Rihanna, pentagrams and other nonsense
No, Rihanna wasn’t wearing a belt with a Satanic pentagram during the Super Bowl halftime show (it was just a safety harness).
No, President Biden’s claim that billionaires pay an average income tax of 3% — nor his previously stated 8% — isn’t the full picture (with taxes, it depends on the data used, and some calculations did provide those two numbers, but one neutral fact-checker cites economists who say the top 25 billionaires pay an average 16%, or 1% more than the average school teacher).
No, the city of Atlanta didn’t ban the word “women;” its website alone is replete with it.
If it sounds too wild, weird, good or bad to be true, it probably isn’t. If it’s a politically expedient sound bite — that applies to Republican and Democrat officials alike, there’s probably more to the story. If it’s an inflammatory image, these days it’s just as likely doctored.
Thanks to the ease of instant-click shares and limitless digital platforms for spreading misinformation, whether for some kind of personal benefit, political gain or just plain neglect to verify, gone is the era of reliability in information consumption.
This wild world of social media and clickbait emerged on the heels of a change in law back in the 1980s, removing the obligation for broadcast networks to provide balance in political reporting. How much should freedom be tempered by responsibility? That’s the $60 million question.
A 2017 Pew Research study indicated experts were evenly split on whether the coming decade would see a reduction in false and misleading narratives online. Those forecasting improvement hoped for technological fixes and society-driven solutions. Others thought the dark side of human nature is aided more than stifled by technology. As we’re more than halfway to 2027, it seems the latter group pegged it.
How well is “anything goes” working for us? Modern society has made information unfettered — free from the bounds of reliability, of accuracy, of attempts to verify before repeating every datum. Free to deceive and to be deceived.
Onus on the reader/viewer who’d rather not bother with research.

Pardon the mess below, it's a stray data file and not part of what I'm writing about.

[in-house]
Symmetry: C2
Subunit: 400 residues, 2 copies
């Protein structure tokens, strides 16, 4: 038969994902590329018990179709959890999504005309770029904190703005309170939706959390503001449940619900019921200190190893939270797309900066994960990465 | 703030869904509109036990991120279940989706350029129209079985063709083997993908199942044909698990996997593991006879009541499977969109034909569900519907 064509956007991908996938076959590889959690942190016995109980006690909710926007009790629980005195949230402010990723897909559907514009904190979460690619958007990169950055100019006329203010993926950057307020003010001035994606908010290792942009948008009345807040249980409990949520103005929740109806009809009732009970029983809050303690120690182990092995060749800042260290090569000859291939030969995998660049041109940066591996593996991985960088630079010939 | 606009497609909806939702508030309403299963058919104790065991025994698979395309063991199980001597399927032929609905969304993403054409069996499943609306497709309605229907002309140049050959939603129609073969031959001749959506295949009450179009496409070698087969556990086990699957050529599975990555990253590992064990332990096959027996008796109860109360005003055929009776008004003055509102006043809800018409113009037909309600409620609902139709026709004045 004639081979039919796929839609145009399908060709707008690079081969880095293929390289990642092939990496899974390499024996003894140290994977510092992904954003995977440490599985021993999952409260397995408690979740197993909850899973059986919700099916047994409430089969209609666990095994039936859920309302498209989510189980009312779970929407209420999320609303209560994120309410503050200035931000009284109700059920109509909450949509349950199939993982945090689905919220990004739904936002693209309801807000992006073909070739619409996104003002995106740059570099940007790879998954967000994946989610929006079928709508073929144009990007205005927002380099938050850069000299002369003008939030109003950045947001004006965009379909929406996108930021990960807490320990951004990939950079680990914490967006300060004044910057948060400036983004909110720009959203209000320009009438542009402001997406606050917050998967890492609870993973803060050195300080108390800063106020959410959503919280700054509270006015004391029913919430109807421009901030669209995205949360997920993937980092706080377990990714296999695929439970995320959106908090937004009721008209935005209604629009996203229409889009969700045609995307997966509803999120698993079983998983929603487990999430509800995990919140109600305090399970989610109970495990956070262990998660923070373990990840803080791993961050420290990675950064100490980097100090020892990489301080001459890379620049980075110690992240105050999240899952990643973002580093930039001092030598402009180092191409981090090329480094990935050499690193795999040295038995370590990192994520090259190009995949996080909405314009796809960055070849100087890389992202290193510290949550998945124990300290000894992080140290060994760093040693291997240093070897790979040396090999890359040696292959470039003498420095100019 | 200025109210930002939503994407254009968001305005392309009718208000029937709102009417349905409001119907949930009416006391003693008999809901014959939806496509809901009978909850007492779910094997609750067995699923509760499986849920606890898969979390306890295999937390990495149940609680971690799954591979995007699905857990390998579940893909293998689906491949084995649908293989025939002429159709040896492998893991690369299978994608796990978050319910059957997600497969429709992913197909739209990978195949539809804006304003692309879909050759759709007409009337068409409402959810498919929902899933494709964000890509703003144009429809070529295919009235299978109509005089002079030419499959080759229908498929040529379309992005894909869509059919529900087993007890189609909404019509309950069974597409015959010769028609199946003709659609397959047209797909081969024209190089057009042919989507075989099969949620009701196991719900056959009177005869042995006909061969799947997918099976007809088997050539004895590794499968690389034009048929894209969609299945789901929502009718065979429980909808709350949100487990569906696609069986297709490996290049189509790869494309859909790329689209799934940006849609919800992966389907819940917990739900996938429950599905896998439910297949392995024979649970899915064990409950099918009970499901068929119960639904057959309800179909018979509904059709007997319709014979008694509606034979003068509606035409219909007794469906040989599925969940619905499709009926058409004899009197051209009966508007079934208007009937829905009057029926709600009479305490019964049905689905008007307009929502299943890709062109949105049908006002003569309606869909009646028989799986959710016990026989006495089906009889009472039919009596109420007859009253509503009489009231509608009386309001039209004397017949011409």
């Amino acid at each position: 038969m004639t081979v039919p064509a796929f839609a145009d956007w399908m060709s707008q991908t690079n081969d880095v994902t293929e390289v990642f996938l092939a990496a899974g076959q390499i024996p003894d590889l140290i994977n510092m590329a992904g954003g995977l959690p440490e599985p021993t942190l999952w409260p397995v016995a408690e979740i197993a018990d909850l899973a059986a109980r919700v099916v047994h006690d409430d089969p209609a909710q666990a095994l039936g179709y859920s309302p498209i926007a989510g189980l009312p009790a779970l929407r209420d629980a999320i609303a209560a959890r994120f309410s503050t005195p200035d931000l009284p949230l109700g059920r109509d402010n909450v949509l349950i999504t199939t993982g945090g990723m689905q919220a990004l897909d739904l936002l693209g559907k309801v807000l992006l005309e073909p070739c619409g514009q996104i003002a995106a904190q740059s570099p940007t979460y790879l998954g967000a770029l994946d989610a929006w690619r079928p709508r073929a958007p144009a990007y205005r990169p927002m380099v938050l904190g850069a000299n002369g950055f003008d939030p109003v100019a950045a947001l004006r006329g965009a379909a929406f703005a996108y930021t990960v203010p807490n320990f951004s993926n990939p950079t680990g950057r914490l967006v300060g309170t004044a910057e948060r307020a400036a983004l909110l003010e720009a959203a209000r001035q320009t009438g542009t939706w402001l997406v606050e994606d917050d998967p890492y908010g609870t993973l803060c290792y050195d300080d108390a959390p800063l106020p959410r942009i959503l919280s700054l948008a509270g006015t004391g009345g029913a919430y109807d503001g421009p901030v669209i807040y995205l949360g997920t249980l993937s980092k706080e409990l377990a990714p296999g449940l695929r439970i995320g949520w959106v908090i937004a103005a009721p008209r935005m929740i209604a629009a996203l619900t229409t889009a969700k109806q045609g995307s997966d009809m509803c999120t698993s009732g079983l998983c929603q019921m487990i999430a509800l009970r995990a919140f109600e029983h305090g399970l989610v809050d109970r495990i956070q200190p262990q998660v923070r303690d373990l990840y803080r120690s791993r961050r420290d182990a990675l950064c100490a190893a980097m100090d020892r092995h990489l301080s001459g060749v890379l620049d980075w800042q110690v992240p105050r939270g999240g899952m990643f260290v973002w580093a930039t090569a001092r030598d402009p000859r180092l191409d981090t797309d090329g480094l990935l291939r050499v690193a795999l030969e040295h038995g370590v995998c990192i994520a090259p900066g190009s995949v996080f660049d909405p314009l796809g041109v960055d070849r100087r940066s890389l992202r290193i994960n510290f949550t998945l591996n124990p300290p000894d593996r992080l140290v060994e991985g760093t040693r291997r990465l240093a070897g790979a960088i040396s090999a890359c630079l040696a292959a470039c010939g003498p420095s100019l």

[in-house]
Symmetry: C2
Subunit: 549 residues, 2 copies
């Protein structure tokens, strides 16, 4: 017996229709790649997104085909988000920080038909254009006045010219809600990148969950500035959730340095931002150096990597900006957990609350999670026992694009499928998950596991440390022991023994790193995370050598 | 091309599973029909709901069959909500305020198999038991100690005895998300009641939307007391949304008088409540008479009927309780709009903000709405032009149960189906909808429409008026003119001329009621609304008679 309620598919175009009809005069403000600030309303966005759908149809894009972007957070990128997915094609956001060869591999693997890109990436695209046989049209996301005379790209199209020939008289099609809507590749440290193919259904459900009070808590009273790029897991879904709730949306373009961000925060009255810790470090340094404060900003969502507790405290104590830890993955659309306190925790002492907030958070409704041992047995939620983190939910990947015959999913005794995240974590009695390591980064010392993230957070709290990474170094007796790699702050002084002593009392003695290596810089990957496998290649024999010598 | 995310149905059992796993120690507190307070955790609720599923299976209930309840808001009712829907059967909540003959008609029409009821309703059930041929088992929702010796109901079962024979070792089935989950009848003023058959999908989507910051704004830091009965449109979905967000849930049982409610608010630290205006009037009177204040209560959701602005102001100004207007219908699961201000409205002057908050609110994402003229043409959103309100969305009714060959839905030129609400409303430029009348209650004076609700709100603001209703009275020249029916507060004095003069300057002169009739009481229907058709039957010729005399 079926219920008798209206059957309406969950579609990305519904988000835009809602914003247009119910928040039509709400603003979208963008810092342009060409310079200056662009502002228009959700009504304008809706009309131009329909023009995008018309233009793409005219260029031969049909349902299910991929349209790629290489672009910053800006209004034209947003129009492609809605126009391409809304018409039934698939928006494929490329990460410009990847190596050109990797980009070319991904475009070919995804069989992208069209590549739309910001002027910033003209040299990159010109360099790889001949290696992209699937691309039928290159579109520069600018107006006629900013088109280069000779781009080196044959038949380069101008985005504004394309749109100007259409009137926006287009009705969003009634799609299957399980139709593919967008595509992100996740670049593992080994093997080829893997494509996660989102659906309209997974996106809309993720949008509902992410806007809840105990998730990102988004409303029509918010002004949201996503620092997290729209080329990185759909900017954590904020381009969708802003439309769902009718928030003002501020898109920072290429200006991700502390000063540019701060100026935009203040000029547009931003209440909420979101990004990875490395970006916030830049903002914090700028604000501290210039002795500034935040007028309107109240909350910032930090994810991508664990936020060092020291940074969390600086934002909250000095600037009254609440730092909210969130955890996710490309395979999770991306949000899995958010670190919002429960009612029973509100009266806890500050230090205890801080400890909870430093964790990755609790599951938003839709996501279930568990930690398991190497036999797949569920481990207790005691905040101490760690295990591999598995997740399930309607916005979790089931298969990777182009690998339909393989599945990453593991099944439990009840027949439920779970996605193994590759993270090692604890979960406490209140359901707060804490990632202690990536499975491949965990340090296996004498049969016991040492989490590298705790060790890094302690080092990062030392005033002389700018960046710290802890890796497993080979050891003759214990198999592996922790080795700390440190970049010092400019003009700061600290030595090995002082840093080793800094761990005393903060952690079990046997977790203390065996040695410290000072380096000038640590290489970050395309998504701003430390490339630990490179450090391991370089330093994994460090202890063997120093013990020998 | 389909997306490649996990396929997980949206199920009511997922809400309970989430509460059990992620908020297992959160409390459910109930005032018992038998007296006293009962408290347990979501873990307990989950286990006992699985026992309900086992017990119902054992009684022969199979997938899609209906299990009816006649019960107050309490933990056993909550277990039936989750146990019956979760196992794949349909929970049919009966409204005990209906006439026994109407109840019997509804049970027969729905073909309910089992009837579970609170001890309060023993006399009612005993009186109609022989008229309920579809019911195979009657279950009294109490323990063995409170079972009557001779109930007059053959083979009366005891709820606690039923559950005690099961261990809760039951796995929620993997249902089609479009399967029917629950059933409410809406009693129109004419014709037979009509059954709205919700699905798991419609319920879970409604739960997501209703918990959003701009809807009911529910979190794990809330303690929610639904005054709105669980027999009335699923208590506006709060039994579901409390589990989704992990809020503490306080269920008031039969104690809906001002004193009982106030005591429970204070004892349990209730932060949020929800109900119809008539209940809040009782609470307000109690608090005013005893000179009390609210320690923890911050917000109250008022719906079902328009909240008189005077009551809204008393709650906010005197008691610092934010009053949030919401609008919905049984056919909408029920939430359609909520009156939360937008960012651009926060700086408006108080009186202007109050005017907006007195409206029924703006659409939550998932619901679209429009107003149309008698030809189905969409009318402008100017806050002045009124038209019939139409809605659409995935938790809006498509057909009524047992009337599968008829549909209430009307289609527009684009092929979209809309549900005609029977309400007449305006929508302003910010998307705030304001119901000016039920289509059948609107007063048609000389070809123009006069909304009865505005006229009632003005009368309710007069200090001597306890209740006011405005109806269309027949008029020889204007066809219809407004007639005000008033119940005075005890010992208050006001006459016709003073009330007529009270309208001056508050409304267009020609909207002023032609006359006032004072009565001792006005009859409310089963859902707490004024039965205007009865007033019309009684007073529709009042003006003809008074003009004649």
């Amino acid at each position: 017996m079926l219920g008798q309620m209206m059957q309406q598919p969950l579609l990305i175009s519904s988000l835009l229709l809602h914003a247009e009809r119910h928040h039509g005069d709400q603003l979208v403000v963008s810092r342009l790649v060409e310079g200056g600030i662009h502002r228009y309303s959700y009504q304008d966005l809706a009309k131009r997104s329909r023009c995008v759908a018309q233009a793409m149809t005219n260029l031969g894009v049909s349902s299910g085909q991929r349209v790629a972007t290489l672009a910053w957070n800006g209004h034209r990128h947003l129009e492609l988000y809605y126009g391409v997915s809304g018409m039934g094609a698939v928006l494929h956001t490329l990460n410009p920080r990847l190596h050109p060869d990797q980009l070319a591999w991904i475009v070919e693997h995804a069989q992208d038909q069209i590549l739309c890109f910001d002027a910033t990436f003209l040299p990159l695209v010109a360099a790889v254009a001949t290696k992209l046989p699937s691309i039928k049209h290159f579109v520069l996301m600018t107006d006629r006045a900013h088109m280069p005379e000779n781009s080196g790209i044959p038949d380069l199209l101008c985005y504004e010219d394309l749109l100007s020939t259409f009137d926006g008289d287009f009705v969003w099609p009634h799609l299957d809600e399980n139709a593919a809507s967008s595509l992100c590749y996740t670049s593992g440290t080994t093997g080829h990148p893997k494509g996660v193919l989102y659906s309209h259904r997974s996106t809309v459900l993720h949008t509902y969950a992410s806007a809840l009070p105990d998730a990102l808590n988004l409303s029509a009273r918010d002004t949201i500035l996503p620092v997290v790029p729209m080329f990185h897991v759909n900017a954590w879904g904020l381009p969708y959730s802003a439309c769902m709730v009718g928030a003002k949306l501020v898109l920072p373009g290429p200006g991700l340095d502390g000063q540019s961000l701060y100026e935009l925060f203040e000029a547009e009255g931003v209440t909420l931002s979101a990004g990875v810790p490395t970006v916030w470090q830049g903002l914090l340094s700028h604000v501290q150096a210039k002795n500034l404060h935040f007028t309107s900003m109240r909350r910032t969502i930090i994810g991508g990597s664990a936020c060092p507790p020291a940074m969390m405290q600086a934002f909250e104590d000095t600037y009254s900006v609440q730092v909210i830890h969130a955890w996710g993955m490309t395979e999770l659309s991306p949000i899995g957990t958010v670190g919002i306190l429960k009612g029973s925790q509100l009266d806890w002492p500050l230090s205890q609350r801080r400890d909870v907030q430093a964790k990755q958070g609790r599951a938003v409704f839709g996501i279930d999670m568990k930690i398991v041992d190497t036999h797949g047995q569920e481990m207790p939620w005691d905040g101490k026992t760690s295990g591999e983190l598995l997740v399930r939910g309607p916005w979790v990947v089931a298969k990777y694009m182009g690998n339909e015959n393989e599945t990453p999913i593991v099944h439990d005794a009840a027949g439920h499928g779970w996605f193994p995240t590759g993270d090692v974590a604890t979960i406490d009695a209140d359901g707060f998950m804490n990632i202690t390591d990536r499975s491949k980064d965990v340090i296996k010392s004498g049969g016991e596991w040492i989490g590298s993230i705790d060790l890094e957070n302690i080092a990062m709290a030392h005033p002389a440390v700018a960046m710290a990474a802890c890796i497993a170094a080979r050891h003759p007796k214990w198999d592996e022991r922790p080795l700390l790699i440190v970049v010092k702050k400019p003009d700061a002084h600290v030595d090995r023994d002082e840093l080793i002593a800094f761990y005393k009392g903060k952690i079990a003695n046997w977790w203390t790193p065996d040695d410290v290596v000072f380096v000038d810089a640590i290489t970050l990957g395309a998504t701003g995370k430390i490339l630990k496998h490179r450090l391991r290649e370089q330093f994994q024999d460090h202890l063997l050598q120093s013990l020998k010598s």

It’s clear by now that before believing just about anything (especially when the source is word of mouth, social media or that vast netherworld, the Internet) it pays to do a quick fact check. Not doing it has led us to this confusing, frustrating and crazy world that feels so laden with uncertainties people just stop participating in the democracy we’ve built and treasured because it’s too depressing, confusing or stressful.
Where can we look for help? Even there we have to be careful, as some of the “fact checker” sources are themselves biased, looking to debunk only one side (giant clue No. 1). There are several relatively reliable, responsible options offering a quick true-or-false verdict that takes 10 seconds to note. No excuses.
What the best fact check sites do is use researchers to look for evidence to back up claims, or note a lack of it. In many cases, a nugget of truth has been twisted — either from neglect or intent to misinform — and embellished until it becomes something salacious or provoking.
Sadly, many become so used to shaking their heads and pointing fingers, they prefer the fun or fuel of outrage and shock. That’s easier than taking a few minutes to search for the dreary truth: Much of the outrageous stuff making rounds is hogwash.
But that’s not to say all; sometimes fact check sites prove truth, too. Just be careful which fact checkers you rely on. Some claim to be accurate, but really operate with bias.
Here are a few of the more reliable places to check — a simple search with keywords usually gets a quick answer:
• Politifact.com — As it sounds, Politifact is good for checking statements attributed to candidates and public officials. Their goal is “to give citizens the information they need to govern themselves in a democracy.”
• Factcheck.org — Also with a focus on politics, but includes science (scicheck), which has become strangely politicized. Factcheck is a multiple award-winning, nonpartisan nonprofit organization, aiming to “reduce the level of deception and confusion.”
• Snopes.com — Among the oldest fact-checkers for social media, Snopes is good for the nonpolitical (is there such a thing anymore?), weird, and whatever is shared on social media or email (Meghan Markle isn’t dead and Marines didn’t kill Idaho FBI agents).
• Media bias — This one’s harder, because bias by definition is a subjective thing and ranking the bias of a publication or network is hard to do with absolute neutrality. Two of the most popular among those genuinely looking for neutrality (as opposed to a mirror of what they believe) are Mediabiasfactcheck.com and Allsides.com, both private sites started by individuals.
Mediabiasfactcheck tries and isn’t a bad place to start, but has been criticized for lacking a scientific method with its determinations. That doesn’t make its bias meter wrong, if perhaps slightly less reliable.
Both seem to earnestly try, but Allsides is more methodical according to nonprofit institutes. That should make it more reliable, if for no other reason than it starts with a presumption that “there is no such thing as unbiased news.”
Every human has biases. The hope is knowing that, each person can consciously create and adhere to an ethic of watching for it, and attempting to remove or balance its expression.
That’s an onus on every information consumer. Here’s hoping we can raise the bar together.
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Sholeh Patrick, J.D. is a columnist for the Hagadone News Network. Email firstname.lastname@example.org.